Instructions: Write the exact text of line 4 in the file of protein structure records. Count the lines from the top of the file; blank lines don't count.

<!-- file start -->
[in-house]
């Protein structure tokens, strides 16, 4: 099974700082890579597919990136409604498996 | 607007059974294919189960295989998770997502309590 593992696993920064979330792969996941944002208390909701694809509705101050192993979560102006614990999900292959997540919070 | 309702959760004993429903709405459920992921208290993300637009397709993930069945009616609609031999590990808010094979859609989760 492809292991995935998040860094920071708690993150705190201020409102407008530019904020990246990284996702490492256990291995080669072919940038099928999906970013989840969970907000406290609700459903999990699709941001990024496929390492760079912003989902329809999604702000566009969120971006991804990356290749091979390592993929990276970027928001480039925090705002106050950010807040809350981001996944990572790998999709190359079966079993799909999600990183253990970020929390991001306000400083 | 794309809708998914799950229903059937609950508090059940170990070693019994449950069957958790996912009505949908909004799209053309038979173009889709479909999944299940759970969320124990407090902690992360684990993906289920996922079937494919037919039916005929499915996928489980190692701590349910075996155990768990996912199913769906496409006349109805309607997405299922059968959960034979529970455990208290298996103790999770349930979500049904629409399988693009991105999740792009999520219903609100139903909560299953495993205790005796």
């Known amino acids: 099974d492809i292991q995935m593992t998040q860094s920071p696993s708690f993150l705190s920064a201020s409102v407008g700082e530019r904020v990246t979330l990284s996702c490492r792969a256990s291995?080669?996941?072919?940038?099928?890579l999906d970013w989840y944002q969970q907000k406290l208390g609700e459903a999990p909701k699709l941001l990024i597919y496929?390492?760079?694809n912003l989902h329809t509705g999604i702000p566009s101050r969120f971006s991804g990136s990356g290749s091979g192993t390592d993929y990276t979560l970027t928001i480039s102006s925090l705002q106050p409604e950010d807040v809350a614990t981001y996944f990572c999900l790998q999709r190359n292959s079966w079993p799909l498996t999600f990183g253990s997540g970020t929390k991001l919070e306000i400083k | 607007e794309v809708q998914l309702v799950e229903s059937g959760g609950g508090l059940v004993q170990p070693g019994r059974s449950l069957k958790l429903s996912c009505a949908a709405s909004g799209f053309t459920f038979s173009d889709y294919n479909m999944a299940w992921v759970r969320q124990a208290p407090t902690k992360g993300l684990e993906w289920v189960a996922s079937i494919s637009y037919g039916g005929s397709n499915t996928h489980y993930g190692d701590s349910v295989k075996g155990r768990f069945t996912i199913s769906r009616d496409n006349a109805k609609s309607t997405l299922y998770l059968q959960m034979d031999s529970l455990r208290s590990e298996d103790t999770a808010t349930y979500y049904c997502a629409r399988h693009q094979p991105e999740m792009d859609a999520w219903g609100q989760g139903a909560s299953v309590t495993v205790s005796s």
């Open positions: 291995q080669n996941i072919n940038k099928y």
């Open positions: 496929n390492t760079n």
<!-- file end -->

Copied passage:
């Open positions: 291995q080669n996941i072919n940038k099928y």